Monday, December 22, 2014

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NY1 covers the "Connect A Million Minds" initiative, a five-year philanthropic program by parent company Time Warner Cable to inspire students to pursue learning opportunities and careers in science, technology, engineering and math.

Next Gen Science Leaders Compete for Top Prize in Nation's Capital

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TWC News: Next Gen Science Leaders Compete for Top Prize in Nation's Capital
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Some of the nation's brightest young minds recently competed in the ultimate science fair, which awards the top winner $100,000. NY1's Shazia Khan filed the following report.

Forty high school seniors from across the country on Sunday stepped into the spotlight as finalists of this year's Intel Science Talent Search, a program of Society for Science and the Public.

The next generation of science leaders shared their research on everything from nanoparticles to cancer at the National Geographic Society, in Washington DC.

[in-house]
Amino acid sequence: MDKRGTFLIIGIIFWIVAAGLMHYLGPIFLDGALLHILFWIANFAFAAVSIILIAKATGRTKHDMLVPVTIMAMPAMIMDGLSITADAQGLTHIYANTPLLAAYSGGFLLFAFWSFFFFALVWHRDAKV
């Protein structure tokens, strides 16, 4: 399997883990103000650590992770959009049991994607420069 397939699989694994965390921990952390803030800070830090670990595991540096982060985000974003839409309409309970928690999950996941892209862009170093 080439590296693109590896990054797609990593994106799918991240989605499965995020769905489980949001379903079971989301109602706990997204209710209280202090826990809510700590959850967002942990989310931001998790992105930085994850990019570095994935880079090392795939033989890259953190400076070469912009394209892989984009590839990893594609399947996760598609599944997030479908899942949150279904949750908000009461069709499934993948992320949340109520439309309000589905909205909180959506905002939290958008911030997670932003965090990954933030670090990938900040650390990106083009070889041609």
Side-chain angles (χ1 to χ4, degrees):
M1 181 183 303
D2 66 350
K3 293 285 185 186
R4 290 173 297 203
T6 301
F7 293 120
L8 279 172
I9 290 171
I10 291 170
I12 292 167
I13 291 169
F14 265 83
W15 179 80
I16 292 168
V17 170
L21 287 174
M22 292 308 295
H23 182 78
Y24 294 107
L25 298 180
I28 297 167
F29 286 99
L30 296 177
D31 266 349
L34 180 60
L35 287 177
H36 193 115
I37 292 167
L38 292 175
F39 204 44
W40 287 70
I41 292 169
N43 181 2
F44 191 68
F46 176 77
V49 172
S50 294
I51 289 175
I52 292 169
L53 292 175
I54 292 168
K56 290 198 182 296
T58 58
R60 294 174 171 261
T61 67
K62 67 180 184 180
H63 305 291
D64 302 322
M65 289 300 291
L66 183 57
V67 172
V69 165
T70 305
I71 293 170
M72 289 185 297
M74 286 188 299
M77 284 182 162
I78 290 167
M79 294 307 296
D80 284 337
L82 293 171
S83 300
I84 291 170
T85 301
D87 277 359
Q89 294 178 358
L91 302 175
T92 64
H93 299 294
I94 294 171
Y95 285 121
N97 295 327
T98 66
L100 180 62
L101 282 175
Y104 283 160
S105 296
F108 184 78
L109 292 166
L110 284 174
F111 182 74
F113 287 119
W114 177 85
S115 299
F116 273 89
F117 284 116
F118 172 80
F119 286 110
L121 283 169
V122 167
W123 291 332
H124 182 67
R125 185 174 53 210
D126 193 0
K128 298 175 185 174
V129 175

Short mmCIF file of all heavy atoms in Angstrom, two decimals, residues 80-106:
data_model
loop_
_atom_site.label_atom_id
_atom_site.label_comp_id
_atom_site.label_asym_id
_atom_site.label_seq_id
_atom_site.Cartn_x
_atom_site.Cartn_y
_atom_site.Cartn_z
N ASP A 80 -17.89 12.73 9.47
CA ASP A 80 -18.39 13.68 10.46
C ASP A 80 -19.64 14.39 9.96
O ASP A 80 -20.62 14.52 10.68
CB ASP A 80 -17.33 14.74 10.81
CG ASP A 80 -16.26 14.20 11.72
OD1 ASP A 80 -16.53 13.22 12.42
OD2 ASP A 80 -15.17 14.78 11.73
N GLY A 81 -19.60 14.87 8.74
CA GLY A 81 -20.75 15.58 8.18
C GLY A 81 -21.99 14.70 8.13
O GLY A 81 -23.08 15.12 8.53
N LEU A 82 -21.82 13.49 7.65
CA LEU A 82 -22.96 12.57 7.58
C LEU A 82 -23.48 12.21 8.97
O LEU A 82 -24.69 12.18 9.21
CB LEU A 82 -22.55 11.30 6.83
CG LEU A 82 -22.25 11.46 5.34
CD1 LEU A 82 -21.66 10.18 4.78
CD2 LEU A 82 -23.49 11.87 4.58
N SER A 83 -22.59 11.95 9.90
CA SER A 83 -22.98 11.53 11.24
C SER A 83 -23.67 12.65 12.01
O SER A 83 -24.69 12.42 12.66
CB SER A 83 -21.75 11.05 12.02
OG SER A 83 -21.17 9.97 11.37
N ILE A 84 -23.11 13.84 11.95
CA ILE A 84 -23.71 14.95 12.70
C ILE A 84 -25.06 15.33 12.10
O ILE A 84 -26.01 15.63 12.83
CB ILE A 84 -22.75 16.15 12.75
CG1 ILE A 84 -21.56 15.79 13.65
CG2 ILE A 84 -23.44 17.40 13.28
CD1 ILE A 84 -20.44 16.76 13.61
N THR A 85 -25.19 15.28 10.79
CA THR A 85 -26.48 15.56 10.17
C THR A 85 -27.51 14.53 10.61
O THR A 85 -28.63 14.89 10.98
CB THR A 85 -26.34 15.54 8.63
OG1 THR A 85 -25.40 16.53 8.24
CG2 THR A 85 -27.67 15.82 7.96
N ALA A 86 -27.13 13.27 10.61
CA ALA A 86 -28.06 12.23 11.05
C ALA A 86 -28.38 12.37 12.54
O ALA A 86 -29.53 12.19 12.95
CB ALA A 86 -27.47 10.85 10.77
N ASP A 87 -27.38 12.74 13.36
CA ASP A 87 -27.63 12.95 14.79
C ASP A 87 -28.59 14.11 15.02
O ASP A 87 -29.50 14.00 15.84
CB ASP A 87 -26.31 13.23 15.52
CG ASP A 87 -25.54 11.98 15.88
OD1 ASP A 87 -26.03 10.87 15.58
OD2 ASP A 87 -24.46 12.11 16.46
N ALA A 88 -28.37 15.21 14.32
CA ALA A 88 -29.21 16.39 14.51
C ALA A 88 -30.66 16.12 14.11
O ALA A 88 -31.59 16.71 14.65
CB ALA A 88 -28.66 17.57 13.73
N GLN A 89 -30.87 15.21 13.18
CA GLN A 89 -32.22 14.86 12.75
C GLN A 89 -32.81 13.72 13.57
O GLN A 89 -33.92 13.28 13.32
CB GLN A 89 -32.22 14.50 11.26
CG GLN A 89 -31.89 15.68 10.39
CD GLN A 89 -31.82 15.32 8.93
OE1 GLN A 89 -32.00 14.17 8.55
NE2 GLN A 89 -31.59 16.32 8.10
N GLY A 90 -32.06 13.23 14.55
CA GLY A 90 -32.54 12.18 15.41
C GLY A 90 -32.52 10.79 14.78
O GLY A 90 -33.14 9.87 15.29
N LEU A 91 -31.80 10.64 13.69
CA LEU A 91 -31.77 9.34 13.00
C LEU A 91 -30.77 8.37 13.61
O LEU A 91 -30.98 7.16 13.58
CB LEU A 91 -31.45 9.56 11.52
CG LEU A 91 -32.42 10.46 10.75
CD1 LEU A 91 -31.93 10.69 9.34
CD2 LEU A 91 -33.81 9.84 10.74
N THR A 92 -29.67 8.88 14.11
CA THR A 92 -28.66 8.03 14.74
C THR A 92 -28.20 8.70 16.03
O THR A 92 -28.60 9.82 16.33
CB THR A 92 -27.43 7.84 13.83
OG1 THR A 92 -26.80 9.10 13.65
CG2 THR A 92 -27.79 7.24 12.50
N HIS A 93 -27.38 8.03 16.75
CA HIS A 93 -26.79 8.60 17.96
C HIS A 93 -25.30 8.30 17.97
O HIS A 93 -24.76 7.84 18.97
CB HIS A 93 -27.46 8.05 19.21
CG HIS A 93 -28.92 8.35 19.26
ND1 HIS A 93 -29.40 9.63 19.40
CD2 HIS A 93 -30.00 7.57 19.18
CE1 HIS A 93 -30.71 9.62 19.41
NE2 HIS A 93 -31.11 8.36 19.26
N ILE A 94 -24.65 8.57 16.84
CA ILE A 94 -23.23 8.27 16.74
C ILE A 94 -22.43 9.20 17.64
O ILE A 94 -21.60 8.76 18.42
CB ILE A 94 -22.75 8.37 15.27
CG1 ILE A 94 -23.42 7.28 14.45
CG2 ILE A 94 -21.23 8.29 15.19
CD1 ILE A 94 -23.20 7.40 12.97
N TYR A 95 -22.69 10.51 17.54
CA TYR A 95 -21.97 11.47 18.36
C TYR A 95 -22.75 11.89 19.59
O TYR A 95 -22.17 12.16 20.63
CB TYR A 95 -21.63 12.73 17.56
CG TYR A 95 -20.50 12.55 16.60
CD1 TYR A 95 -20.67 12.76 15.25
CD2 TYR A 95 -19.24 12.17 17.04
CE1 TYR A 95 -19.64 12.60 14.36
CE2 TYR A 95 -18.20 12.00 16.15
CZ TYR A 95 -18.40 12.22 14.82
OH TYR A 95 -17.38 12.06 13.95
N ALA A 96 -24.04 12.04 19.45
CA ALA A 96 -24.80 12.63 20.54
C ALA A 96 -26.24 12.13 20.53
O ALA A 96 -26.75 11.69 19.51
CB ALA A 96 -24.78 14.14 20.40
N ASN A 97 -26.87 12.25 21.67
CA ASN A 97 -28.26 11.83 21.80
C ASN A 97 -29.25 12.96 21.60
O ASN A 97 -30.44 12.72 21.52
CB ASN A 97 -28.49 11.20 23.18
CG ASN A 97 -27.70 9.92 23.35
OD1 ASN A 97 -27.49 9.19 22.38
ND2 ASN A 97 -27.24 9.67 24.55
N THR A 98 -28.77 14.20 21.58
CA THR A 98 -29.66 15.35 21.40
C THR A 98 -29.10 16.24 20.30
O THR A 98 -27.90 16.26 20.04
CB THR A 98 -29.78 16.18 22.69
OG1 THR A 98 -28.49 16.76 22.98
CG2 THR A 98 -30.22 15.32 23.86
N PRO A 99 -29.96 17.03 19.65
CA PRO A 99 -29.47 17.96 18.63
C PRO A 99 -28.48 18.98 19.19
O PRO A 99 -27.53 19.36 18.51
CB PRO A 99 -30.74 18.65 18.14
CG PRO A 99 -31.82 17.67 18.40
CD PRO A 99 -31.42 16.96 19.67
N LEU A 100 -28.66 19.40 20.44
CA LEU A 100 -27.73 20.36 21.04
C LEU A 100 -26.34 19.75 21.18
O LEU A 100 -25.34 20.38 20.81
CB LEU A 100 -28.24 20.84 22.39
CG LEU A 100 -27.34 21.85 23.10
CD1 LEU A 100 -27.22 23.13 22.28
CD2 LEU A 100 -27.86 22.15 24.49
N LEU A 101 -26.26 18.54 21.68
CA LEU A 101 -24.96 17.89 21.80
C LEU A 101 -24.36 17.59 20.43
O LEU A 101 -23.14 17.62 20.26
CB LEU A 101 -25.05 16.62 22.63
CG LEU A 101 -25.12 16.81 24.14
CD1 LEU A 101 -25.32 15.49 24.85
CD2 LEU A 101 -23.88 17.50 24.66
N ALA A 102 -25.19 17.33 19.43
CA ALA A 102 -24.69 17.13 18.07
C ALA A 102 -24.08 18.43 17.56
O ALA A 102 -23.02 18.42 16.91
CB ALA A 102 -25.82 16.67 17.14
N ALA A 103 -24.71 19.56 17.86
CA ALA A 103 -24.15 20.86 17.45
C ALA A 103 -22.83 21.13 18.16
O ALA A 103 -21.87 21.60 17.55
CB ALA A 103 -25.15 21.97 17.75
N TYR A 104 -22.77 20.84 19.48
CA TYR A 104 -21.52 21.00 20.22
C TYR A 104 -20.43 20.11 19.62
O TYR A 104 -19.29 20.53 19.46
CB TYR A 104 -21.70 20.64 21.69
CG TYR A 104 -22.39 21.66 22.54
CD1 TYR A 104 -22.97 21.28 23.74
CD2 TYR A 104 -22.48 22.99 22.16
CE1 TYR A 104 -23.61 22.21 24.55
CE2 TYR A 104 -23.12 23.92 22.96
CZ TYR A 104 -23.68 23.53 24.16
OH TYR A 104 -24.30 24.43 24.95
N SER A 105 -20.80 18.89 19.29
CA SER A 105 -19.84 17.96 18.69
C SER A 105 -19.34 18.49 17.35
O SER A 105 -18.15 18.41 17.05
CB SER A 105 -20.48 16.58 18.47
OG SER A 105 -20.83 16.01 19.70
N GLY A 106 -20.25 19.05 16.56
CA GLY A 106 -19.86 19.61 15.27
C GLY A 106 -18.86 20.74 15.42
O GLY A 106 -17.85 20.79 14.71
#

"In the beginning I was a little frustrated, but then as I worked through it more and more, I saw possibilities and potential," said Lisa Michaels, a finalist from Plano, Texas.

The first place winner takes home a whopping $100,000. It's one reason why Alec Arshavsky of Chapel Hill, North Carolina entered his work on enhancing corneal transplantation surgery.

"In order to minimize negative side effects like farsightedness, a surgeon needs to know the precise three dimensional structure of the piece of transplant tissue, so I developed an algorithm to automatically characterize the structure," Arshavsky said.

Science may be at the heart of the competition but the finalists had almost a rock star status as they navigated adoring fans and journalists, even handing out baseball cards that included information about their project as well as some fun facts about themselves.

"I think it really speaks to, science, isn't really a thing. It's not really the nerd in the closet. I think it's a perspective and for me, it changes the way that I see everything," said Sara Sakowitz, a finalist from New York City.

And if you're hoping to become a science leader, failure may just be the key to your success.

"In school you are rewarded for always getting it right, never making a mistake. In science, you are rewarded  for making the mistake and figuring out what went wrong and how to do it differently next time," said Intel Foundation Executive Director Wendy Hawkins.

For more information about STEM opportunities in your community, visit

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